Event of the Week: India Alba & The Corrina Hewat Band

02/07/2014

Concert Celebrates Creative Year in Village

The Pathhead Music Collective (PMC) in Pathhead, Midlothian held the last concert in their Creative Places Year series on 14 June with a live show from India Alba and The Corrina Hewat Band at Pathhead village hall. The performance was sponsored by Black Isle Brewery.

A village with only around 500 houses, Pathhead is home to 15 of Scotland’s most successful musicians. Those residents formed PMC in 2006 upon realising their area was lacking in musical events and educational opportunities for a hamlet so well populated with musical talent. Collective members have won eight BBC Folk Awards and a BBC Jazz Award, released over 15 internationally praised CDs and toured throughout India, the US, Canada, Australia, Japan and Europe.

PMC has gone on to provide their community with frequent concerts, talent shows, classes and musical scholarships. In early 2013 Pathhead won a Creative Scotland Creative Place Award. The £50,000 prize has helped PMC “in its aim to make Pathhead internationally renowned as a centre of musical excellence through a range of activities.”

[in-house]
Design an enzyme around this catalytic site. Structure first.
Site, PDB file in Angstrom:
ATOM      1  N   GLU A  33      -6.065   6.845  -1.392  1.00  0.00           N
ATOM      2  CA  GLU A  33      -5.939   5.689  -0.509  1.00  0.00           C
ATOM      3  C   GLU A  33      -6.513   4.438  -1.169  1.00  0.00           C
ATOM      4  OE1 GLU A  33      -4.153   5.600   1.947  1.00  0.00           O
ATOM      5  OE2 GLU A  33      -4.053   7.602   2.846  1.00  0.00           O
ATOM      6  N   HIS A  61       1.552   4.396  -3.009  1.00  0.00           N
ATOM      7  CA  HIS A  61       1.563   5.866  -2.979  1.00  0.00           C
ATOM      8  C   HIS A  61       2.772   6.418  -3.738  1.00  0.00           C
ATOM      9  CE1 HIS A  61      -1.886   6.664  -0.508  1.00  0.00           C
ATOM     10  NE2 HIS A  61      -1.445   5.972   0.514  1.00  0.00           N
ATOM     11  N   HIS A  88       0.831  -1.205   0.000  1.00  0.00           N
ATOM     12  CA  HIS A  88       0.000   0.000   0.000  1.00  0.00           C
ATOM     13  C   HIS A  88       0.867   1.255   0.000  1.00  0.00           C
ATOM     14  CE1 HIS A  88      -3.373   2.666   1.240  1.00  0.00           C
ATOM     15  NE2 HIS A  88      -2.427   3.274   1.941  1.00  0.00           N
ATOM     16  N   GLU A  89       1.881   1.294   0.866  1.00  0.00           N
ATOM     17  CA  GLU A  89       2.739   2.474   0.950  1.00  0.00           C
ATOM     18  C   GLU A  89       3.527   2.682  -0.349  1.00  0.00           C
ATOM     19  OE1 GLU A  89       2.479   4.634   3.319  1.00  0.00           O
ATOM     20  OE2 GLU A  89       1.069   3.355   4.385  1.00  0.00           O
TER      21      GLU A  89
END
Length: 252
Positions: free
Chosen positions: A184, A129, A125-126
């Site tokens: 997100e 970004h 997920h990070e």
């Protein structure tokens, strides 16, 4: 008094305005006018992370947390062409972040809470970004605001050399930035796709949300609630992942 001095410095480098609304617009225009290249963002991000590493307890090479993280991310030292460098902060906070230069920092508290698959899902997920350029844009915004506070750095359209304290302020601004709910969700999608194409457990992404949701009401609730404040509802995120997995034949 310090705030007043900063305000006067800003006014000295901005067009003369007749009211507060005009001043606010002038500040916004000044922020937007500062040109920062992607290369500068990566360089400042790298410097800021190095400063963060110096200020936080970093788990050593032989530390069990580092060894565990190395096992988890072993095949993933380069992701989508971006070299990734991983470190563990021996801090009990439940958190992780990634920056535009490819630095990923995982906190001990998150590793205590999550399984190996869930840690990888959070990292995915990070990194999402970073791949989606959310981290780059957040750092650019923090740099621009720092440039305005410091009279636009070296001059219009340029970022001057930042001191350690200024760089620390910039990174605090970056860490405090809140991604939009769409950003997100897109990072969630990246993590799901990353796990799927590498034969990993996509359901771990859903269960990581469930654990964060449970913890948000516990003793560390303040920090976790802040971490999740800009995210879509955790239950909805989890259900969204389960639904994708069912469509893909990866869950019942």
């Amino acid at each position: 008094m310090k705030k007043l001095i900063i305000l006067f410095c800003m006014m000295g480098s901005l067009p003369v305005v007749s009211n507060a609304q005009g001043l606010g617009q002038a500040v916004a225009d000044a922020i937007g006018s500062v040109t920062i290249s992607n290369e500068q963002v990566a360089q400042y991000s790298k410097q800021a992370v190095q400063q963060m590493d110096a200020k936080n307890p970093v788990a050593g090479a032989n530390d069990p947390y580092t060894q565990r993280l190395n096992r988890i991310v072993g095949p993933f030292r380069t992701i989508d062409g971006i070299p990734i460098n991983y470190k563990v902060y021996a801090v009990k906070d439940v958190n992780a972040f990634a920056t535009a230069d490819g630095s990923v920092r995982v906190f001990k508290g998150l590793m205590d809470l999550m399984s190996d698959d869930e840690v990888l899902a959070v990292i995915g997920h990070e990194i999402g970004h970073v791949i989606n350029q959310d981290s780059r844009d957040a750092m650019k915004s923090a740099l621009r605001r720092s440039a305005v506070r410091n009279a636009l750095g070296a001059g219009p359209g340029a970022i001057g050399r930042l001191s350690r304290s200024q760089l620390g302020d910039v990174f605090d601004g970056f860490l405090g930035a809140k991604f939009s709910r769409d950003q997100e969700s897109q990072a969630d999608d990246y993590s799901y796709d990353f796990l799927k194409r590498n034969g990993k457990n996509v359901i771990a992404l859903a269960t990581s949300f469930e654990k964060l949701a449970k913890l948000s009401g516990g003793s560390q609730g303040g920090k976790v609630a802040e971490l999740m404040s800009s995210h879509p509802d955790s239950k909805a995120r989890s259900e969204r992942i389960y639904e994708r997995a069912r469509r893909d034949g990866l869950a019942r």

PMC

India Alba is a collaboration between Indian musicians, violinist Sharat Chandra Srivastava and tabla player Gyan Singh, and Scottish musicians, cittern strummer Nigel Richard and Ross Ainslie who plays bagpipes, whistle and cittern. They merge their traditional sounds “showing there are no boundaries between them.” The band is said to “have a sound of their own which is not an imitation of any other band or genre.”

Corrina Hewat is a harpist, singer, composer and arranger who is also a Principal Harp Tutor at the Royal Conservatoire of Scotland. Her “stunningly earthly voice” combine with bassist Tom Lyne, pianist Dave Milligan, multi-wind instrumentalist Fraser Fifield and drummer Alyn Cosker. Hewat is said to sing with “a jazz singer’s flexibility, a blues singer’s economy and a folk singer’s heart” and possess “a creative and powerful technique on the harp.”

Organiser Emma Jackson says they advertised through their website, mailing list, social media and with posters, but believes word of mouth by way of their existing mailing list and local audience was most effective. Jackson notes that faith and perseverance are important to promoting any event.

“It was a bit of a struggle to get ticket sales going in June, with so many gala days and family commitments around. But, have faith in your loyal local customers and keep on telling people about the opportunity. Even if you don’t sell out you can still create a great atmosphere.”

How do you promote events in a small community?

 


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